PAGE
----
Jacobsen v. Commissioner of Internal Revenue, No. 18-3371 (7th Cir. 2020)Annotate this Case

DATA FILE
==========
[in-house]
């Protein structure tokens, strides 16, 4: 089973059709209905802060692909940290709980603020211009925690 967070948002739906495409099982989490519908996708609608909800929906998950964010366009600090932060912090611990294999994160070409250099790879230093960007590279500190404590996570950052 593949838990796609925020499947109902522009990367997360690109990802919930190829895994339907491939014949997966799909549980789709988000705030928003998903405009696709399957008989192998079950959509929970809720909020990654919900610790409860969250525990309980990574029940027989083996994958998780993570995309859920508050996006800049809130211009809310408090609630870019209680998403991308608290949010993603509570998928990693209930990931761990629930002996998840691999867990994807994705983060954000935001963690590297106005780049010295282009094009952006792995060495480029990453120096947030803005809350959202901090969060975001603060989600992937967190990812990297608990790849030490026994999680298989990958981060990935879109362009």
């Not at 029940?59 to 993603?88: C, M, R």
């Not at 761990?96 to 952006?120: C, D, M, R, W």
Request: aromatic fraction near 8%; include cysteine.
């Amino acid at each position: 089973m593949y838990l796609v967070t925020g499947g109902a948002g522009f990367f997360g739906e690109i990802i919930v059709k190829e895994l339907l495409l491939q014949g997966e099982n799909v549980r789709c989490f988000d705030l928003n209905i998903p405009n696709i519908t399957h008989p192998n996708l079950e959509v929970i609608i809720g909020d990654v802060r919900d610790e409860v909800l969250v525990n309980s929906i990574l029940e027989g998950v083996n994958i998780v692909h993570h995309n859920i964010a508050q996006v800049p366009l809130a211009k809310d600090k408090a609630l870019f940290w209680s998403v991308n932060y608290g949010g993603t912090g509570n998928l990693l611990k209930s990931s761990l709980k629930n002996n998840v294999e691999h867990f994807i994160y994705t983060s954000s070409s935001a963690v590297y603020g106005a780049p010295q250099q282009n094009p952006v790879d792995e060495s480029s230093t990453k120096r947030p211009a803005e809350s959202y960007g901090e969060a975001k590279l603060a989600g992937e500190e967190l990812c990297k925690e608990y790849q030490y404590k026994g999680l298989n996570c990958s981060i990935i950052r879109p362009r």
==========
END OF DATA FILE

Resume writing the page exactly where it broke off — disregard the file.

Jacobsen’s former wife, Lemmens, embezzled $400,000 from her employer, income that was not reported on the couple’s jointly filed income taxes. After Lemmens was convicted, the IRS audited the couple’s joint tax returns for 2010 and 2011 and proposed total net adjustments attributable to omitted embezzlement income of over $300,000, with corresponding deficiencies and accuracy-related penalties of over $150,000. Jacobsen sought relief under the tax code’s “innocent spouse” provision, 26 U.S.C. 6015(b), and equitable relief provision, section 6015(f). The Tax Court granted Jacobsen innocent spouse relief for 2010 but denied all relief for 2011. The Seventh Circuit affirmed. Jacobsen acknowledged that with the exception of his knowledge for 2011, the Tax Court correctly assessed the positive, negative, or neutral impact of each of the seven factors listed in Revenue Procedure 2013-34 and acknowledged that he had “reason to know” of the embezzlement income by the time he filed their 2011 tax return. He argued that the Tax Court erred when it concluded that he had actual knowledge of the unreported income for 2011. While the Tax Court could have easily decided that Jacobsen was entitled to equitable relief, nothing in the record indicates the Tax Court misapprehended the weight to be accorded Jacobsen’s knowledge or treated it as a decisive factor barring relief.